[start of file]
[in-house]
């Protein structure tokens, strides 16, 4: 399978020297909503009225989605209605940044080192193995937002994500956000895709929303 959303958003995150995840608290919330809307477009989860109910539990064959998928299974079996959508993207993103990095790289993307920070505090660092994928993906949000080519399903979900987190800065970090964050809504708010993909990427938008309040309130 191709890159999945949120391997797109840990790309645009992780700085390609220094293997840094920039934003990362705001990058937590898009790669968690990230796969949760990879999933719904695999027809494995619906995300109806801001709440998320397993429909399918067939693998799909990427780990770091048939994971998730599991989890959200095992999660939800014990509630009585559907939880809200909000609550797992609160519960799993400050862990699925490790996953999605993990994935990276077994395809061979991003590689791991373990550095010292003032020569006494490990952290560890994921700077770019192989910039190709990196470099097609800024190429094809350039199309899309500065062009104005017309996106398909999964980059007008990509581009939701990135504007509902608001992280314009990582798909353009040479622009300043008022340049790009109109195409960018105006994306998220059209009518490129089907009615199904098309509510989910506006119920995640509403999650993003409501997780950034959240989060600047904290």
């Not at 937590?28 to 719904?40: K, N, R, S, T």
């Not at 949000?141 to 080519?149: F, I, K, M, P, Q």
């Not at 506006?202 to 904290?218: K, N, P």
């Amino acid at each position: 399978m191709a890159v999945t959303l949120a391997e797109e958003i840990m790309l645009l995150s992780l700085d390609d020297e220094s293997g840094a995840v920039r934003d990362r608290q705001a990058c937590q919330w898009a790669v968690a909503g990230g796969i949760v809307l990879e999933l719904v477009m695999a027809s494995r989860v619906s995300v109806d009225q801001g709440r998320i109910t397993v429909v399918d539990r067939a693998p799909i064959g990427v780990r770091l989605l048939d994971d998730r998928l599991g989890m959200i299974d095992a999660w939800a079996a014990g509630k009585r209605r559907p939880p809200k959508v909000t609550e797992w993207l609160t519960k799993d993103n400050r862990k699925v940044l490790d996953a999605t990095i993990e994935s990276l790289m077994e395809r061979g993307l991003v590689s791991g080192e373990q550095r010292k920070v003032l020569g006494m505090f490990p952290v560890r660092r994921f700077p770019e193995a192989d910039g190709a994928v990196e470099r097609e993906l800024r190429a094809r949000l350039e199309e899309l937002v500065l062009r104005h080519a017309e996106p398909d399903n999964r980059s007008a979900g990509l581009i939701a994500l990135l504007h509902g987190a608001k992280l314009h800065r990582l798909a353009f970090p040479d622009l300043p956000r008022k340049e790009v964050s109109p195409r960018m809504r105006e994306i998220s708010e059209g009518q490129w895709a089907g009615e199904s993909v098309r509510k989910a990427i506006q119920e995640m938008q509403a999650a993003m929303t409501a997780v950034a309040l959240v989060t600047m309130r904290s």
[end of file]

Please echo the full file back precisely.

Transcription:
[in-house]
């Protein structure tokens, strides 16, 4: 399978020297909503009225989605209605940044080192193995937002994500956000895709929303 959303958003995150995840608290919330809307477009989860109910539990064959998928299974079996959508993207993103990095790289993307920070505090660092994928993906949000080519399903979900987190800065970090964050809504708010993909990427938008309040309130 191709890159999945949120391997797109840990790309645009992780700085390609220094293997840094920039934003990362705001990058937590898009790669968690990230796969949760990879999933719904695999027809494995619906995300109806801001709440998320397993429909399918067939693998799909990427780990770091048939994971998730599991989890959200095992999660939800014990509630009585559907939880809200909000609550797992609160519960799993400050862990699925490790996953999605993990994935990276077994395809061979991003590689791991373990550095010292003032020569006494490990952290560890994921700077770019192989910039190709990196470099097609800024190429094809350039199309899309500065062009104005017309996106398909999964980059007008990509581009939701990135504007509902608001992280314009990582798909353009040479622009300043008022340049790009109109195409960018105006994306998220059209009518490129089907009615199904098309509510989910506006119920995640509403999650993003409501997780950034959240989060600047904290």
């Not at 937590?28 to 719904?40: K, N, R, S, T």
């Not at 949000?141 to 080519?149: F, I, K, M, P, Q």
């Not at 506006?202 to 904290?218: K, N, P």
């Amino acid at each position: 399978m191709a890159v999945t959303l949120a391997e797109e958003i840990m790309l645009l995150s992780l700085d390609d020297e220094s293997g840094a995840v920039r934003d990362r608290q705001a990058c937590q919330w898009a790669v968690a909503g990230g796969i949760v809307l990879e999933l719904v477009m695999a027809s494995r989860v619906s995300v109806d009225q801001g709440r998320i109910t397993v429909v399918d539990r067939a693998p799909i064959g990427v780990r770091l989605l048939d994971d998730r998928l599991g989890m959200i299974d095992a999660w939800a079996a014990g509630k009585r209605r559907p939880p809200k959508v909000t609550e797992w993207l609160t519960k799993d993103n400050r862990k699925v940044l490790d996953a999605t990095i993990e994935s990276l790289m077994e395809r061979g993307l991003v590689s791991g080192e373990q550095r010292k920070v003032l020569g006494m505090f490990p952290v560890r660092r994921f700077p770019e193995a192989d910039g190709a994928v990196e470099r097609e993906l800024r190429a094809r949000l350039e199309e899309l937002v500065l062009r104005h080519a017309e996106p398909d399903n999964r980059s007008a979900g990509l581009i939701a994500l990135l504007h509902g987190a608001k992280l314009h800065r990582l798909a353009f970090p040479d622009l300043p956000r008022k340049e790009v964050s109109p195409r960018m809504r105006e994306i998220s708010e059209g009518q490129w895709a089907g009615e199904s993909v098309r509510k989910a990427i506006q119920e995640m938008q509403a999650a993003m929303t409501a997780v950034a309040l959240v989060t600047m309130r904290s």